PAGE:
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Piedmont Wagon Company

by Wiley J. Williams, 2006Exterior, Piedmont Wagon Company, Hickory, NC, Catawba County, January 1972. Image courtesy of State Archives of North Carolina, call #: N_72_1_254.

The Piedmont Wagon Company was founded in 1878 outside of Hickory by George G. Bonniwell, a mechanical engineer, architect, and builder, and A. L. (Andy) Ramseur, operator of a gristmill, an iron forge, and a sawmill. They formed a partnership and began small-scale construction of wagons, becoming one of the area's first industrial enterprises. Two years later the firm moved to the western part of Hickory for access to a railroad and to obtain additional capital. By 1890 it had an investment of more than $100,000 in land, machinery, and raw materials, and demand for its wagons was so great that the company inaugurated a night shift (probably Hickory's first).

Under the direction of G. Harvey Geitner, plant superintendent from 1887 to 1918, Piedmont's primary market was extended throughout the southern states from Virginia to Texas and eventually to Great Britain. By World War I the company received a contract for all-metal carts for the French army. It was said that Piedmont rivaled the work of leading wagon companies in St. Louis, the center for the industry.

Following a series of ownership changes, Piedmont Wagon Company became involved in a tax controversy and subsequent lawsuit stemming from its failure to pay income taxes from 1917 to 1919. The firm was sold to Henry Leonard in the 1940s, the era that production ground to a halt. The tax problems did not end, and a series of tax liens were placed on the property beginning in 1948. The Hickory Development Corporation bought it, intending new industrial and business sites. In August 1960 the site, which a local paper called a "rat-infested jungle," was bulldozed. Overshadowed perhaps by the tax problems was the fact that Piedmont Wagon Company was a victim of its owners' apparent failure to foresee the automobile's impact on horse-drawn wagons and carriages.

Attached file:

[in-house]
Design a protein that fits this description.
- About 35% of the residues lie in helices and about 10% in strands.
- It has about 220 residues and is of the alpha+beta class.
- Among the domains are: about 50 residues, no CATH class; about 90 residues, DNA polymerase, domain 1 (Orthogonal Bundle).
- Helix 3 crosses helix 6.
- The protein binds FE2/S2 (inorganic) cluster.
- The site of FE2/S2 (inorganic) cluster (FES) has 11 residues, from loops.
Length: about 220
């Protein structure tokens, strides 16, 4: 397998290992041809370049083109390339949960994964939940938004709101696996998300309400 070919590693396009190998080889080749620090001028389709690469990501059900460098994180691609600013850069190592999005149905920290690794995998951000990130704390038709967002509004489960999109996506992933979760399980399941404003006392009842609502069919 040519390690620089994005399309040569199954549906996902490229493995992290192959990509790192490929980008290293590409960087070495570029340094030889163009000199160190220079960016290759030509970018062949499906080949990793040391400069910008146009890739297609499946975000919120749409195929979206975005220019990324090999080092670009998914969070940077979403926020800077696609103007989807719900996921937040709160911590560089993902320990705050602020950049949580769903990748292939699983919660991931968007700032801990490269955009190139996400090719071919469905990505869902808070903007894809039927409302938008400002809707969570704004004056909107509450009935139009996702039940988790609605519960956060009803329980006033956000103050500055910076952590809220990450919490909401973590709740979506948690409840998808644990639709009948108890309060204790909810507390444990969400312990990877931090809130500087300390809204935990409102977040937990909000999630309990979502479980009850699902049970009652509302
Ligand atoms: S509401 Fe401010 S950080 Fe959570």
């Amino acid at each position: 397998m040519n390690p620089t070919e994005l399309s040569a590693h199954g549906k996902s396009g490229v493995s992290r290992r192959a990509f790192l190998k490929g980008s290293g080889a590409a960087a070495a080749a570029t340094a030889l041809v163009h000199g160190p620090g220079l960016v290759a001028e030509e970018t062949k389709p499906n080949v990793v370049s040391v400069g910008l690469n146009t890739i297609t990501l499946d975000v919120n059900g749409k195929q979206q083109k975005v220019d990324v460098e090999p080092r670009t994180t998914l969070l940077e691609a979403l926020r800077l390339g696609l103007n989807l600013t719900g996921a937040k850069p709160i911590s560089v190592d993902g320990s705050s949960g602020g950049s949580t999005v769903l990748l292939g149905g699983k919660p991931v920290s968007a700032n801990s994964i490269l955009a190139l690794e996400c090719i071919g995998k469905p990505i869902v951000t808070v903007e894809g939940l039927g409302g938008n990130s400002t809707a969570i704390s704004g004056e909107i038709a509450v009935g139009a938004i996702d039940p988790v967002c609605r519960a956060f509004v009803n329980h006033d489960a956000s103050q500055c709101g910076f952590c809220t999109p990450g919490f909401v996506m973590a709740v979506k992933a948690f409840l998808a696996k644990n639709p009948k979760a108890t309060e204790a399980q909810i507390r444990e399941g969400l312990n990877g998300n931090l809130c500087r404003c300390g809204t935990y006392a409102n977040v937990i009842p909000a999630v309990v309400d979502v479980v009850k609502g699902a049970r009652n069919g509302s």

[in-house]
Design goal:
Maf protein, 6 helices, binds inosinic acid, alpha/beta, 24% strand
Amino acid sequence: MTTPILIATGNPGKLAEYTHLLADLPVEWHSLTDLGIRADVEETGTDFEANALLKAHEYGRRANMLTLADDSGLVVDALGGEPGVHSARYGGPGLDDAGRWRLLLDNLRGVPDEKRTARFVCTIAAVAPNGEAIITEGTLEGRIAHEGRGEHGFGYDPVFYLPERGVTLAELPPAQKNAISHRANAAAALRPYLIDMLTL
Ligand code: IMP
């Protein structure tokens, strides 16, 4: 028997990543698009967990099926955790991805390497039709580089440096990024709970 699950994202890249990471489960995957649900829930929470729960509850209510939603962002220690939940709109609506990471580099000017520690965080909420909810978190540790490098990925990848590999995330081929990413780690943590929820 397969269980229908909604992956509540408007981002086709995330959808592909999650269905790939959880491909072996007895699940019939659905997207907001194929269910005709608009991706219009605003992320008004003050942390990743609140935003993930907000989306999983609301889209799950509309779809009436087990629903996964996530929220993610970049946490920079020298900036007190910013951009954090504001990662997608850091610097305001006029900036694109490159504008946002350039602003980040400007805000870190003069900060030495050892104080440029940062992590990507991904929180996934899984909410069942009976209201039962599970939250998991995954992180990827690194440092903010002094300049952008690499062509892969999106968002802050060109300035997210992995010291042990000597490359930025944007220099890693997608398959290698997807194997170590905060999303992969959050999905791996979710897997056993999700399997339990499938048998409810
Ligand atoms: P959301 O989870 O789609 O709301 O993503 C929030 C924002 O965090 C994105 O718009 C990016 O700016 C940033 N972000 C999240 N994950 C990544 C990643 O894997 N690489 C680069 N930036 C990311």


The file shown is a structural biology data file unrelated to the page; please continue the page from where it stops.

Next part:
Gary R. Freeze, The Catawbans: Crafters of a North Carolina County, 1747-1900 (1995).

Lucille M. Fulbright, ed., Heritage of Catawba County (1986).

Additional Resources:

Piedmont Wagon Company, NC Historical Marker:

Act to incorporate the Piedmont Wagon Company, North Carolina General Assembly, NC Department of Cultural Resources Digital Collections:

Image Credit:

Exterior, Piedmont Wagon Company, Hickory, NC, Catawba County, January 1972. Image courtesy of State Archives of North Carolina, call #: N_72_1_254.





Origin - location: 



We have a wagon that might be a Piedmont . It is kept indoors and in excellent condition. Would consider selling it.
The wooden wheels are in tact, brakes, sides, tongue ; it has tall sides. I think it may have served as a cotton or grain wagon.


Hello, We have one of the original Wagons on the plantation that I work at and like to know more information I can send you pictures also?

Best Regards,
Jack Aldrich


Dear Mr. Aldrich,

Thank you for your comment! How neat that you have one of the original wagons! Please note that this is an encyclopedia article about the Piedmont Wagon Company and that you have reached the Government & Heritage Library, part of the State Library of North Carolina. Unfortunately, the Piedmont Wagon Company went out of business around 1948:

We would be happy to assist you in your research! What kind of information are you looking for? Please feel free to respond back to this comment or contact our library:

Best wishes,

Taylor Thompson, Government & Heritage Library 


Your info on Daniel Efrid Rhyne states that he owned the Piedmont Wagon Co., but no mention of that appears here. Did Rhyne own the wagon co. or not? Feel free to respond to my email address. Thanks.


Hi Vickie,

Thank you so much for taking the time to visit NCpedia and pointing this out to us. I am copying our Digital Team on this email so that they can determine if they can change the content of the article. It is through suggestions like yours’ that help make NCpedia a better resource.

Best wishes,

Elizabeth Hayden, Government & Heritage Library

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